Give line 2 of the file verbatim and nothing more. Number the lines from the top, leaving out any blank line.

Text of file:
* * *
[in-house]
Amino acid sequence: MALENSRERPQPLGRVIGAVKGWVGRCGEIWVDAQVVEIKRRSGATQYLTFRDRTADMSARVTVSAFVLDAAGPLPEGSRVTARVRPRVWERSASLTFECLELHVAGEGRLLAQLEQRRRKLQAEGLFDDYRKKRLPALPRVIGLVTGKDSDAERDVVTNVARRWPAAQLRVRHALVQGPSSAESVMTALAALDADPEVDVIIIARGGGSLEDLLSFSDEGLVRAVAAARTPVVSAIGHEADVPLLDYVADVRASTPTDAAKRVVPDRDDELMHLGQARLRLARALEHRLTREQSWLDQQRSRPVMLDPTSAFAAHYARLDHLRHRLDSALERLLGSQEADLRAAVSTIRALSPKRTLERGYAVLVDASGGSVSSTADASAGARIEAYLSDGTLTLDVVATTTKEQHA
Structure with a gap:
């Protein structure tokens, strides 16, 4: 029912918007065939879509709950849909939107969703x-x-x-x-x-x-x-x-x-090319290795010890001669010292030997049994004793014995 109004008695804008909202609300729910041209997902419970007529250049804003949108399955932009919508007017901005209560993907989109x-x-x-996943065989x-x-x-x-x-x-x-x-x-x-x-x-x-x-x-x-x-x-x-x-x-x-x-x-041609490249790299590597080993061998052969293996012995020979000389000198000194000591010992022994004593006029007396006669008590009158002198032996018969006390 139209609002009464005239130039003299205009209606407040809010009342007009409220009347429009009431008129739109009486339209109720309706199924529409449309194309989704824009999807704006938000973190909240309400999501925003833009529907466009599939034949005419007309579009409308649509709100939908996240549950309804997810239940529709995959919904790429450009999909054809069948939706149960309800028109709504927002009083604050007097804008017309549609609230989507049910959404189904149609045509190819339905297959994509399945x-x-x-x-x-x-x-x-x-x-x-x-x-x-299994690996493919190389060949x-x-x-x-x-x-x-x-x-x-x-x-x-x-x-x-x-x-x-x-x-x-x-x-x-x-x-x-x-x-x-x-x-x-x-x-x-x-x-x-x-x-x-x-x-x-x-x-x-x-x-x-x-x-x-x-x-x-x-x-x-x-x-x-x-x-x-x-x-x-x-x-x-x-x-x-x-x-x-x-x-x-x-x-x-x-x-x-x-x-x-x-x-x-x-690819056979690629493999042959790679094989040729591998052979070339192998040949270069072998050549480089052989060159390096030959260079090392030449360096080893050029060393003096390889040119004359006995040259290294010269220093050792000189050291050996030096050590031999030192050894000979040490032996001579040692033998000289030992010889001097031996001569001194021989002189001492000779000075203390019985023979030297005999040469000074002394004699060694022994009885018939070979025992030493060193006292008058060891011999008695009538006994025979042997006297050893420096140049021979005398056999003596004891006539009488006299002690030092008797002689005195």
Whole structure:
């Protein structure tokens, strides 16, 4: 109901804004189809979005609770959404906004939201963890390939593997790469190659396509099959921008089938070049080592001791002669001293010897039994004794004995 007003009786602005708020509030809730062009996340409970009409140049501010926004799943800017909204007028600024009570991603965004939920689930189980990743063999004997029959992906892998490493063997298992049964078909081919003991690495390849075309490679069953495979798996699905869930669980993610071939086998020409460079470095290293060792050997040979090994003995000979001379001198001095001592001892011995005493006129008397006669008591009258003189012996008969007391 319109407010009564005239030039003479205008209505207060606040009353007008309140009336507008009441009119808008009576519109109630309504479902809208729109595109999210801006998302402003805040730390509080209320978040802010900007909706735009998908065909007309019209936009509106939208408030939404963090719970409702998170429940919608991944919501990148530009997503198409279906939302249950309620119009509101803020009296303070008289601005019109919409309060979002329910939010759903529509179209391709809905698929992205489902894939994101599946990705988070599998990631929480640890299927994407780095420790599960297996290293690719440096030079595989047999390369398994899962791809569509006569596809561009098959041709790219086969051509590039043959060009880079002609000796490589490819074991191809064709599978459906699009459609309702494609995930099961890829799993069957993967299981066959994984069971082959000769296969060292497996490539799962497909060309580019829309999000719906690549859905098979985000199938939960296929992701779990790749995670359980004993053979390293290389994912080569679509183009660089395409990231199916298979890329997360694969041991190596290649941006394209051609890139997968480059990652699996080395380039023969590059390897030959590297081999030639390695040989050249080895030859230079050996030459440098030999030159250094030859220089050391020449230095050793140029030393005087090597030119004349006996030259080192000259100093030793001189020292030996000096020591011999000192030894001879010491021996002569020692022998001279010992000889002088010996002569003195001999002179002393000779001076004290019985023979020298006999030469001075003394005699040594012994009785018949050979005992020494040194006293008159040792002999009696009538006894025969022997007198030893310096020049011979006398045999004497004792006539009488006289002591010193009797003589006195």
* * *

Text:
Amino acid sequence: MALENSRERPQPLGRVIGAVKGWVGRCGEIWVDAQVVEIKRRSGATQYLTFRDRTADMSARVTVSAFVLDAAGPLPEGSRVTARVRPRVWERSASLTFECLELHVAGEGRLLAQLEQRRRKLQAEGLFDDYRKKRLPALPRVIGLVTGKDSDAERDVVTNVARRWPAAQLRVRHALVQGPSSAESVMTALAALDADPEVDVIIIARGGGSLEDLLSFSDEGLVRAVAAARTPVVSAIGHEADVPLLDYVADVRASTPTDAAKRVVPDRDDELMHLGQARLRLARALEHRLTREQSWLDQQRSRPVMLDPTSAFAAHYARLDHLRHRLDSALERLLGSQEADLRAAVSTIRALSPKRTLERGYAVLVDASGGSVSSTADASAGARIEAYLSDGTLTLDVVATTTKEQHA